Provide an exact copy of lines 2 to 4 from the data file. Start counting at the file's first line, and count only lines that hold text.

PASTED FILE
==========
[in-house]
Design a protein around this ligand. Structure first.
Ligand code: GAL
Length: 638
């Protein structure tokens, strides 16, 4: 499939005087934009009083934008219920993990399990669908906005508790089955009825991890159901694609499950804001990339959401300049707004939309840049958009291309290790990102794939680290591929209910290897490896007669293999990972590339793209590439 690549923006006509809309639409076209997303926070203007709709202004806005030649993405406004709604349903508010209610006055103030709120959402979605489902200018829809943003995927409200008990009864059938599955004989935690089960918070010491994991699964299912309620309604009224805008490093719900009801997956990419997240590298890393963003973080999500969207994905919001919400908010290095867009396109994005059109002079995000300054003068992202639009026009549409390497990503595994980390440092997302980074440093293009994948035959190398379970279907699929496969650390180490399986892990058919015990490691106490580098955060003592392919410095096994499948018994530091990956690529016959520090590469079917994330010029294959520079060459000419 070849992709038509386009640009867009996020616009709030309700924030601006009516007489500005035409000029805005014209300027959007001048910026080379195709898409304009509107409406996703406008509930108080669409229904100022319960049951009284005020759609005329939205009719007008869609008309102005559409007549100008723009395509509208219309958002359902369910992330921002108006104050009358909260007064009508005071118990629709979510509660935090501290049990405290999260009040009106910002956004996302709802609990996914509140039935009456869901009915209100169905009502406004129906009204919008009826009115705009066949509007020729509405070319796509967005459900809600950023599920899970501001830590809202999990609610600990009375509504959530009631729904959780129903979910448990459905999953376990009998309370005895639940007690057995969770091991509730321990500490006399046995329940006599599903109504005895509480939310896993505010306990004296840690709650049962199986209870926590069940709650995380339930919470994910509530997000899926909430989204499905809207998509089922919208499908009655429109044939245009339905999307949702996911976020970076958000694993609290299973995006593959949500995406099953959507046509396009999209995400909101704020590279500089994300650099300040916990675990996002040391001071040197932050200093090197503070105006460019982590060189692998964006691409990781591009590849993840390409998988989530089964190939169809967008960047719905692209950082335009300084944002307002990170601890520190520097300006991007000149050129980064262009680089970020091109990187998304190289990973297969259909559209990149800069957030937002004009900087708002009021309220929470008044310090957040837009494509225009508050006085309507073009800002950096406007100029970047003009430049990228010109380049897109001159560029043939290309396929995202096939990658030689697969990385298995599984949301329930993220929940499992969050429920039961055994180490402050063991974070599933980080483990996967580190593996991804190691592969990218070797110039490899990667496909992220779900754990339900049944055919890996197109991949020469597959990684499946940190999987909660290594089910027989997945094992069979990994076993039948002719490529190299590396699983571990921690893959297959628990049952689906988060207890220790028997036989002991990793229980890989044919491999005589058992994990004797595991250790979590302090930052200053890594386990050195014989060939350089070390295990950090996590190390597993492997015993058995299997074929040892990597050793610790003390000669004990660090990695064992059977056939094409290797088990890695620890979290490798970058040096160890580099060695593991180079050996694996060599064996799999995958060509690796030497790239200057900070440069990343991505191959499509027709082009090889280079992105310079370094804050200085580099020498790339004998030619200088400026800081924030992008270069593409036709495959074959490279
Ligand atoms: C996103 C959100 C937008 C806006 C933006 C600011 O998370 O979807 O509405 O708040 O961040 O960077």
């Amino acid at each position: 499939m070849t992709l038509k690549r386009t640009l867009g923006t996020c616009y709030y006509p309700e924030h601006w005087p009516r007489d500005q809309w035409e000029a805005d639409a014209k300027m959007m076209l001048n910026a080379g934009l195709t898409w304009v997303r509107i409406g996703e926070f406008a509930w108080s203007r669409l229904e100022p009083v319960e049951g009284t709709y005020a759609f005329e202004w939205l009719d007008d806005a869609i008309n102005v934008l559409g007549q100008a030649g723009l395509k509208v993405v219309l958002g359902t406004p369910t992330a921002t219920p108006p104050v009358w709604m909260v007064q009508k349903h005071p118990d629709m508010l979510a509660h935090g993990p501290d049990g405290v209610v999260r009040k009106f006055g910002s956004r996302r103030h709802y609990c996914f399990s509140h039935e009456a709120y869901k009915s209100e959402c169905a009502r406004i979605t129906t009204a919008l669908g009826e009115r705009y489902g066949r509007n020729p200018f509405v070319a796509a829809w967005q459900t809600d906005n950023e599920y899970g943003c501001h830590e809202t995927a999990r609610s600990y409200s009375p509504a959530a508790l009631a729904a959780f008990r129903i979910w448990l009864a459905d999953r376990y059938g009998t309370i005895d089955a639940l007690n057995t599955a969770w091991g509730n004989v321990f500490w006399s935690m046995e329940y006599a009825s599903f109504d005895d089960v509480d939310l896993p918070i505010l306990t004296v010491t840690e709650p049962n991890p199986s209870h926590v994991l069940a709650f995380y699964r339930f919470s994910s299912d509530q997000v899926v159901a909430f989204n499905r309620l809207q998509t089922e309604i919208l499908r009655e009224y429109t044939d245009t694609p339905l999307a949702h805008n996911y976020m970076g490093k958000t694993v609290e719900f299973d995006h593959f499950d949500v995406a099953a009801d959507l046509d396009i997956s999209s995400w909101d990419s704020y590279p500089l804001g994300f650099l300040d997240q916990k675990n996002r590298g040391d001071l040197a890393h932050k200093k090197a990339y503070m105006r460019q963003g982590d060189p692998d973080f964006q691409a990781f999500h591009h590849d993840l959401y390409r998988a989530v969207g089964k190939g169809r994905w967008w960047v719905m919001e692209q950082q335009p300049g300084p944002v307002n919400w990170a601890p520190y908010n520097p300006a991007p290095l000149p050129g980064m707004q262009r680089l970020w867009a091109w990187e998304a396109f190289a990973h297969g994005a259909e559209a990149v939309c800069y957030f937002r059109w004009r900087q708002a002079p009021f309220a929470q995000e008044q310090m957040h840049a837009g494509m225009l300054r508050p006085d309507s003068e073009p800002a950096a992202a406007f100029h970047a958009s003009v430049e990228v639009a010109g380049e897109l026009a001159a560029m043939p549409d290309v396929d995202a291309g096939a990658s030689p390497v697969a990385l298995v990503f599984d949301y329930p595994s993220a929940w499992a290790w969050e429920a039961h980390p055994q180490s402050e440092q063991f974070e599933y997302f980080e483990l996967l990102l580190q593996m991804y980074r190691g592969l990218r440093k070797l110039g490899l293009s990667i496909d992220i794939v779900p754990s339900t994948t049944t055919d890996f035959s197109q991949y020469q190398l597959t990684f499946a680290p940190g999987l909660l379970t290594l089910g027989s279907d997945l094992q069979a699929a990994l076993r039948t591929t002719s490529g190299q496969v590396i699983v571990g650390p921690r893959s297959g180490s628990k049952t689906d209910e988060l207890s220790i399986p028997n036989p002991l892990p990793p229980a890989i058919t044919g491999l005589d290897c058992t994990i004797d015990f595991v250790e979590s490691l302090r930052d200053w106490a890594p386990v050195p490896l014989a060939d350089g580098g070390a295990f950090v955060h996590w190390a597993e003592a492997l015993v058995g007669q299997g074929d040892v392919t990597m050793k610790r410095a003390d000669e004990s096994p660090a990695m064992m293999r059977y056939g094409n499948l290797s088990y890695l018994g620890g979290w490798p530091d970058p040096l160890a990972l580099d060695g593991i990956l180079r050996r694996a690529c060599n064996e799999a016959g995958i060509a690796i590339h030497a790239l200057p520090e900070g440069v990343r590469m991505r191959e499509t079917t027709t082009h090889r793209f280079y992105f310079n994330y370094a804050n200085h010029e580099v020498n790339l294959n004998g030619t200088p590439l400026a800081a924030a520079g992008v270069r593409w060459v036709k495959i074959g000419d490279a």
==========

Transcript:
Design a protein around this ligand. Structure first.
Ligand code: GAL
Length: 638